How much are you willing to pay to upgrade to Windows 7? Microsoft thinks they know the answer. This week, the gang discusses the Windows 7 pricing announcement, comparing it to previous Windows launches and even the pricing of the other computing OS. Gordon clarifies Intel's new Core i3/i5/i7 branding structure, and Will gives his thoughts on the surprise acquisition of id Software by Zenimax. We also answer a few listener questions, and share the results of our Bing experiment. On top of that, Gordon delivers his weekly rant.
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By Intel's own admission, the chip maker's Core brand has a "mind boggling array of derivatives," a problem the company plans to solve by rebranding chips and simplifying its Core lineup. Going forward, the Core family will fall into one of three tiers: Core i3 (entry-level), Core i5 (mid-level), and Core i7 (high-level).
"It is important to note that these are not brands but modifiers to the Intel Core brand that signal different features and benefits," spokesman Bill Cader wrote in a post on Intel's website.
Cader went on to say that Intel's upcoming Lynnfield processors will be labeled as either Core i5 or Core i7 depending upon the feature-set and capability. Meanwhile, Clarksfield (mobile) will have the Intel Core i7 name, Cader wrote.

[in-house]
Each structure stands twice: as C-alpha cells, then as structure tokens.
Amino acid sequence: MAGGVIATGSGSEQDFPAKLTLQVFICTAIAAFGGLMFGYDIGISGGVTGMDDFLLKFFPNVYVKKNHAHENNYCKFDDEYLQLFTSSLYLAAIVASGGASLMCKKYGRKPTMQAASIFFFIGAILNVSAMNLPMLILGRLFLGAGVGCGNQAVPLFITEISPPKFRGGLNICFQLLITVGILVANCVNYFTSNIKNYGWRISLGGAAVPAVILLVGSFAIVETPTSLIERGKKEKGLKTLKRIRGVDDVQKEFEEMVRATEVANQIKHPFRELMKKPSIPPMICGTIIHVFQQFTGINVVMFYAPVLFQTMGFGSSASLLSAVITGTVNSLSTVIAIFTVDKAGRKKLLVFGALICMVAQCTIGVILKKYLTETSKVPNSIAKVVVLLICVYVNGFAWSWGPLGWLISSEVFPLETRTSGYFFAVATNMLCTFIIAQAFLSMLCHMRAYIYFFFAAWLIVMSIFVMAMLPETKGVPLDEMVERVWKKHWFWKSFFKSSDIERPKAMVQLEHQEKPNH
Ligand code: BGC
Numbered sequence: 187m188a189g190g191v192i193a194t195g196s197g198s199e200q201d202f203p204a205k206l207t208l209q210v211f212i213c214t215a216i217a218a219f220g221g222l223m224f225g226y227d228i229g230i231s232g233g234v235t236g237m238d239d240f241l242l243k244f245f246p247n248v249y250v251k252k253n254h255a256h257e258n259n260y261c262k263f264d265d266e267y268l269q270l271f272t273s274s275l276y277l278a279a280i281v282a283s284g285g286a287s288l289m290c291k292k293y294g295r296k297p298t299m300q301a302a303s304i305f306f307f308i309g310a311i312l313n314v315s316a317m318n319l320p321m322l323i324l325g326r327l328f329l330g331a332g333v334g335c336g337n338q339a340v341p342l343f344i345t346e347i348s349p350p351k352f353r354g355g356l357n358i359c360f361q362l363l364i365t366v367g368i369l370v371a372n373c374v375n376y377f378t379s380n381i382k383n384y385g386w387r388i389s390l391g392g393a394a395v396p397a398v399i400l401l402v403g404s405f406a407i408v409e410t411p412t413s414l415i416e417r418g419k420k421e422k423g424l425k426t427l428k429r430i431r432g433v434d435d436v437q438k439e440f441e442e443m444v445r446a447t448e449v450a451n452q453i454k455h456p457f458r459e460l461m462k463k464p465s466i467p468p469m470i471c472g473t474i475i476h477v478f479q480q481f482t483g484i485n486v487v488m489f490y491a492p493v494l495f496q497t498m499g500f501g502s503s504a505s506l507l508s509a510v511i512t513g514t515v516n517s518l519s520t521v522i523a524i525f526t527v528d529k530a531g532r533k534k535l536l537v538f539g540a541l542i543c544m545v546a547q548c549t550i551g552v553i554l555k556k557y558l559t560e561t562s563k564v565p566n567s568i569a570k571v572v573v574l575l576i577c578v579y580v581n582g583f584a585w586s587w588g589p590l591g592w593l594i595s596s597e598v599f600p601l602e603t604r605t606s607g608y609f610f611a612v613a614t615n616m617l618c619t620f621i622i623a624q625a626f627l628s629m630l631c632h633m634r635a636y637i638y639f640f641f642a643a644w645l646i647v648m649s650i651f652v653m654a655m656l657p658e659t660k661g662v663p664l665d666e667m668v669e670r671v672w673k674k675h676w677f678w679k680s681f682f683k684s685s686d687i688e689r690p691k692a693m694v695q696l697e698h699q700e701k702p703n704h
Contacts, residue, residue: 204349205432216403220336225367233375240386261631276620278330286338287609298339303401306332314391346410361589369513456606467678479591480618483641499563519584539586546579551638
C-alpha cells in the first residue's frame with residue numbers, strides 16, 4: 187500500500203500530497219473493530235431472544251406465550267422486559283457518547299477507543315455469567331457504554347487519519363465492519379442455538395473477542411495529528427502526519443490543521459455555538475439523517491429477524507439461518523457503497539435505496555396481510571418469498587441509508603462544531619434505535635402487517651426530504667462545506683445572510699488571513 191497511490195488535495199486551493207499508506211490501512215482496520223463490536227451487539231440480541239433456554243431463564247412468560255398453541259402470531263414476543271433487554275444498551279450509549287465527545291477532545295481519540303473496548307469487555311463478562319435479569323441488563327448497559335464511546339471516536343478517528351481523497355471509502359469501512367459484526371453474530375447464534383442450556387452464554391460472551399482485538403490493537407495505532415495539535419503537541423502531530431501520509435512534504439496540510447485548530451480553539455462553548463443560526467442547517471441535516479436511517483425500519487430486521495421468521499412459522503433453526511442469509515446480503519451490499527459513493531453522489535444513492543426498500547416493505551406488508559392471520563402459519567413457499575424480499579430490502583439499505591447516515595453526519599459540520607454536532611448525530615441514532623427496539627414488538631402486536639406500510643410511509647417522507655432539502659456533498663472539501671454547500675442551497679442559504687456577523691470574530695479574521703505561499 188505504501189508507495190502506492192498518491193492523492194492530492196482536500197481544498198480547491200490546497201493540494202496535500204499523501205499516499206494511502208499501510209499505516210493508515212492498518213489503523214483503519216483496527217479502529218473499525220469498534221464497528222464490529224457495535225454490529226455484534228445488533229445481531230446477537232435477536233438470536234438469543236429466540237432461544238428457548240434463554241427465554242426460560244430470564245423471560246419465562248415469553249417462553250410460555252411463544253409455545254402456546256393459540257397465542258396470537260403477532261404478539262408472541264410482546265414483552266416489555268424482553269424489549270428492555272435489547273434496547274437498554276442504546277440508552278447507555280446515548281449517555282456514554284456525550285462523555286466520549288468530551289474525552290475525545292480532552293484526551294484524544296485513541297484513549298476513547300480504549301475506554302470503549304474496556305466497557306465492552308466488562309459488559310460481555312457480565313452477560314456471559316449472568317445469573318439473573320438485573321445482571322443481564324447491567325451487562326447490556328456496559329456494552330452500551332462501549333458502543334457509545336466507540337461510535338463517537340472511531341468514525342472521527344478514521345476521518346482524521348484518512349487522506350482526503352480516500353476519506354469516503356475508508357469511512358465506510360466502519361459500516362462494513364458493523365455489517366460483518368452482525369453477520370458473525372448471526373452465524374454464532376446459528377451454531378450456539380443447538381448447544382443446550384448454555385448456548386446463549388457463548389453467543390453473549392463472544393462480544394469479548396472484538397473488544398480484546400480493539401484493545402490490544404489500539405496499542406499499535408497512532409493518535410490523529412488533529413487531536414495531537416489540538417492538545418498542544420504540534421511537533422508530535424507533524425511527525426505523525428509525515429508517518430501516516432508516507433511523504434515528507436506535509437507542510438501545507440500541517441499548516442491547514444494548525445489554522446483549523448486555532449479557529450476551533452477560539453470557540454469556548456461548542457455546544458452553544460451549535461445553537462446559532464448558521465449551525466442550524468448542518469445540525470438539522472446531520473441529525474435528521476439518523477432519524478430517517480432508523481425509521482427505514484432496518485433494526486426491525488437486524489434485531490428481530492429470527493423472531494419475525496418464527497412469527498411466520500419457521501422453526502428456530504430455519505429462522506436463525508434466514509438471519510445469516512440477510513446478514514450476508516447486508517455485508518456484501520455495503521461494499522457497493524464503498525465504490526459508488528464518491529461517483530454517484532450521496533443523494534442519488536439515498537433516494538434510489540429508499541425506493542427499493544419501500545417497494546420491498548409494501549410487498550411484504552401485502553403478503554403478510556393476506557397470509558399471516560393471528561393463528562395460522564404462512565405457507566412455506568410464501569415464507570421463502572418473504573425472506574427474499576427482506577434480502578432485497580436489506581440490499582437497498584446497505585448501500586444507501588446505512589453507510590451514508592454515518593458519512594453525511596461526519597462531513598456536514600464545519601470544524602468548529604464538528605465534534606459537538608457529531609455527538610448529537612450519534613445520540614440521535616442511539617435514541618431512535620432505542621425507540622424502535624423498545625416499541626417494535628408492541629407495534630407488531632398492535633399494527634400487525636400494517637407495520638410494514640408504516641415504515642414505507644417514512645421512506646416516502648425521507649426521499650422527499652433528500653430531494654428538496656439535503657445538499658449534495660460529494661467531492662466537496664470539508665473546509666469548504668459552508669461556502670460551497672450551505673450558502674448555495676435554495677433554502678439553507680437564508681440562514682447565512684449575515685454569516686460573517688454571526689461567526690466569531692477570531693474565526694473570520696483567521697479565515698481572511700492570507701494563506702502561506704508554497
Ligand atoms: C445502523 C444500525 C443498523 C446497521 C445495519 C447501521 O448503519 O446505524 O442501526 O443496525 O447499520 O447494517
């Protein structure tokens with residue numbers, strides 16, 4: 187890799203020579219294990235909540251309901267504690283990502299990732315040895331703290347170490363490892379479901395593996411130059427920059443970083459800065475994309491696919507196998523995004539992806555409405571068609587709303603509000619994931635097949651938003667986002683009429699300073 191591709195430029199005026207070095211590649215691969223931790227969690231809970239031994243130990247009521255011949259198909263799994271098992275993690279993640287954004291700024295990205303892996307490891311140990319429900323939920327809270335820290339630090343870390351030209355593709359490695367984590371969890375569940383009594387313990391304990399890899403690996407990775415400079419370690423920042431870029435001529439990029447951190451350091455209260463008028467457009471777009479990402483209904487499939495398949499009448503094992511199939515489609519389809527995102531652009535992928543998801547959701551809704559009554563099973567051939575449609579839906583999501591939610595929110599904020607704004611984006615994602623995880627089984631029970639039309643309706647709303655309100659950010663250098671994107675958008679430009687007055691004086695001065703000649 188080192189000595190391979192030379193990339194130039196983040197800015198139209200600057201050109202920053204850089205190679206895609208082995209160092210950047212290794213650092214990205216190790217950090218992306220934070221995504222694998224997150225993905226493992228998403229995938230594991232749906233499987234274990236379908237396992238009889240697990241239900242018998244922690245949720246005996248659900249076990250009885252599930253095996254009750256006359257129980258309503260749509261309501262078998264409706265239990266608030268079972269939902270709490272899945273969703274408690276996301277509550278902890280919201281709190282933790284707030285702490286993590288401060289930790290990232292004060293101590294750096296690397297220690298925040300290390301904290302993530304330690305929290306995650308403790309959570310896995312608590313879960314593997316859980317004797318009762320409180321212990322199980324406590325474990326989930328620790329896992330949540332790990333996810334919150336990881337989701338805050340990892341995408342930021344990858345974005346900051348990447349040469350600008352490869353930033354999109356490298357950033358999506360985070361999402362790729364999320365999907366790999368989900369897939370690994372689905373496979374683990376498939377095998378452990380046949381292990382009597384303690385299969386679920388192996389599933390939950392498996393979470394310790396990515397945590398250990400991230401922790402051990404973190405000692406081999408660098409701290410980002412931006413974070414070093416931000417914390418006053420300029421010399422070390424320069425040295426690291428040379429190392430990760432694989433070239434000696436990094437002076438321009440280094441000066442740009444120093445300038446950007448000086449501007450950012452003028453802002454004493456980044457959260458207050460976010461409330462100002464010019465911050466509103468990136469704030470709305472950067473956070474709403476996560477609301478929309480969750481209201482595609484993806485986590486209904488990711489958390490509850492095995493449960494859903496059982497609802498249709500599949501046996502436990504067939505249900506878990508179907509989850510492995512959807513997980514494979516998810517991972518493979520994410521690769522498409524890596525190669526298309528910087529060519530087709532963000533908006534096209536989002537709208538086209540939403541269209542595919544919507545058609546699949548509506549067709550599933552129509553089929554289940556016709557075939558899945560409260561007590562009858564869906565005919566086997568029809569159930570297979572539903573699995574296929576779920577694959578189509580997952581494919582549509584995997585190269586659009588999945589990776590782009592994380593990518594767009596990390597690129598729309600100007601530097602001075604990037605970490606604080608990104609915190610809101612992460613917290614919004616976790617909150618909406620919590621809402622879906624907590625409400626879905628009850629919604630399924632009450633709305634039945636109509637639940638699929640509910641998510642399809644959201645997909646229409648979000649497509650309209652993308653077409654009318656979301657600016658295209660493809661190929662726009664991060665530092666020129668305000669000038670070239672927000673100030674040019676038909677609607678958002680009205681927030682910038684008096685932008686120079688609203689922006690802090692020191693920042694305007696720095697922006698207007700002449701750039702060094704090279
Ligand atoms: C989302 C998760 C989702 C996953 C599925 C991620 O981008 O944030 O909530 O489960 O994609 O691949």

"In the back half of this year you'll begin to see Core i5 and more Core i7s coming to market," said Deborah Conrad, vice president and director of corporate marketing at Intel. "Then by the first part of next year you'll begin to see Core i3, and i5, i7. Then the old names will get retired as those products get phased out."
Intel's upcoming 32nm Arrandale (mobile) will initially fall under Core i3, but will later spread to both Core i5 and i7. Celeron will still exist as a brand for entry-level computing at affordable price points, Pentium for basic computing, and Intel's Atom nomenclature isn't going anywhere. However, the Centrino moniker will be phased out as a PC brand and instead be used as a name for WiFi and WiMAX products.